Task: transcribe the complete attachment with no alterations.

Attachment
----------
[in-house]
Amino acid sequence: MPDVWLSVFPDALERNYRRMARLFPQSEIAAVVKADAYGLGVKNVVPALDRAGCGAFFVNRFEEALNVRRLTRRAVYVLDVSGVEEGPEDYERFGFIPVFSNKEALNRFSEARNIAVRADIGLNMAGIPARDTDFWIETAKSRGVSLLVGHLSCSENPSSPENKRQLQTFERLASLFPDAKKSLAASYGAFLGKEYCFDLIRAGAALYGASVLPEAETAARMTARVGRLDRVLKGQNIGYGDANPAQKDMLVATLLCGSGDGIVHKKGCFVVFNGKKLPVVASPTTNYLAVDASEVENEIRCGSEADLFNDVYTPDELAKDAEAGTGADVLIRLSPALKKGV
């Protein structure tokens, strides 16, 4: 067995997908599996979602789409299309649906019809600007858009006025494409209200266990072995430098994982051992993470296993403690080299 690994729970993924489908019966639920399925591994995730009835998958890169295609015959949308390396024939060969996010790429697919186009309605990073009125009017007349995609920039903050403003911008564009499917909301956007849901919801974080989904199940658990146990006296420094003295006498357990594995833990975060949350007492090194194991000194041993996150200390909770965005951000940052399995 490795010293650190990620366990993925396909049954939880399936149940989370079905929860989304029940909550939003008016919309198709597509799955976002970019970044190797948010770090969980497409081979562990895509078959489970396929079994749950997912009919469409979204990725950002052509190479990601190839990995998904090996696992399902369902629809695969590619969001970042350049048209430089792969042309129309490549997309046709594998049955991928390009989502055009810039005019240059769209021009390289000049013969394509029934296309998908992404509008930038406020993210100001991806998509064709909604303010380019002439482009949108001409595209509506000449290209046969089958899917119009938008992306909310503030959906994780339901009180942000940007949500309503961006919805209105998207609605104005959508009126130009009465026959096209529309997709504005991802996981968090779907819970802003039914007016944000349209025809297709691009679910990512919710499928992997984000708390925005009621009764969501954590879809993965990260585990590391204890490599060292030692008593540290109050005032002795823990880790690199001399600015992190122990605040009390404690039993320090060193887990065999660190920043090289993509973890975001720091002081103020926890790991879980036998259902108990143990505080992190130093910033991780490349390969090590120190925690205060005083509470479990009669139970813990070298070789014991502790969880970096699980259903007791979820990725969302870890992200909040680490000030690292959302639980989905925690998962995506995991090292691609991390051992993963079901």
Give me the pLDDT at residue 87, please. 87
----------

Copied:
[in-house]
Amino acid sequence: MPDVWLSVFPDALERNYRRMARLFPQSEIAAVVKADAYGLGVKNVVPALDRAGCGAFFVNRFEEALNVRRLTRRAVYVLDVSGVEEGPEDYERFGFIPVFSNKEALNRFSEARNIAVRADIGLNMAGIPARDTDFWIETAKSRGVSLLVGHLSCSENPSSPENKRQLQTFERLASLFPDAKKSLAASYGAFLGKEYCFDLIRAGAALYGASVLPEAETAARMTARVGRLDRVLKGQNIGYGDANPAQKDMLVATLLCGSGDGIVHKKGCFVVFNGKKLPVVASPTTNYLAVDASEVENEIRCGSEADLFNDVYTPDELAKDAEAGTGADVLIRLSPALKKGV
């Protein structure tokens, strides 16, 4: 067995997908599996979602789409299309649906019809600007858009006025494409209200266990072995430098994982051992993470296993403690080299 690994729970993924489908019966639920399925591994995730009835998958890169295609015959949308390396024939060969996010790429697919186009309605990073009125009017007349995609920039903050403003911008564009499917909301956007849901919801974080989904199940658990146990006296420094003295006498357990594995833990975060949350007492090194194991000194041993996150200390909770965005951000940052399995 490795010293650190990620366990993925396909049954939880399936149940989370079905929860989304029940909550939003008016919309198709597509799955976002970019970044190797948010770090969980497409081979562990895509078959489970396929079994749950997912009919469409979204990725950002052509190479990601190839990995998904090996696992399902369902629809695969590619969001970042350049048209430089792969042309129309490549997309046709594998049955991928390009989502055009810039005019240059769209021009390289000049013969394509029934296309998908992404509008930038406020993210100001991806998509064709909604303010380019002439482009949108001409595209509506000449290209046969089958899917119009938008992306909310503030959906994780339901009180942000940007949500309503961006919805209105998207609605104005959508009126130009009465026959096209529309997709504005991802996981968090779907819970802003039914007016944000349209025809297709691009679910990512919710499928992997984000708390925005009621009764969501954590879809993965990260585990590391204890490599060292030692008593540290109050005032002795823990880790690199001399600015992190122990605040009390404690039993320090060193887990065999660190920043090289993509973890975001720091002081103020926890790991879980036998259902108990143990505080992190130093910033991780490349390969090590120190925690205060005083509470479990009669139970813990070298070789014991502790969880970096699980259903007791979820990725969302870890992200909040680490000030690292959302639980989905925690998962995506995991090292691609991390051992993963079901």
Give me the pLDDT at residue 87, please. 87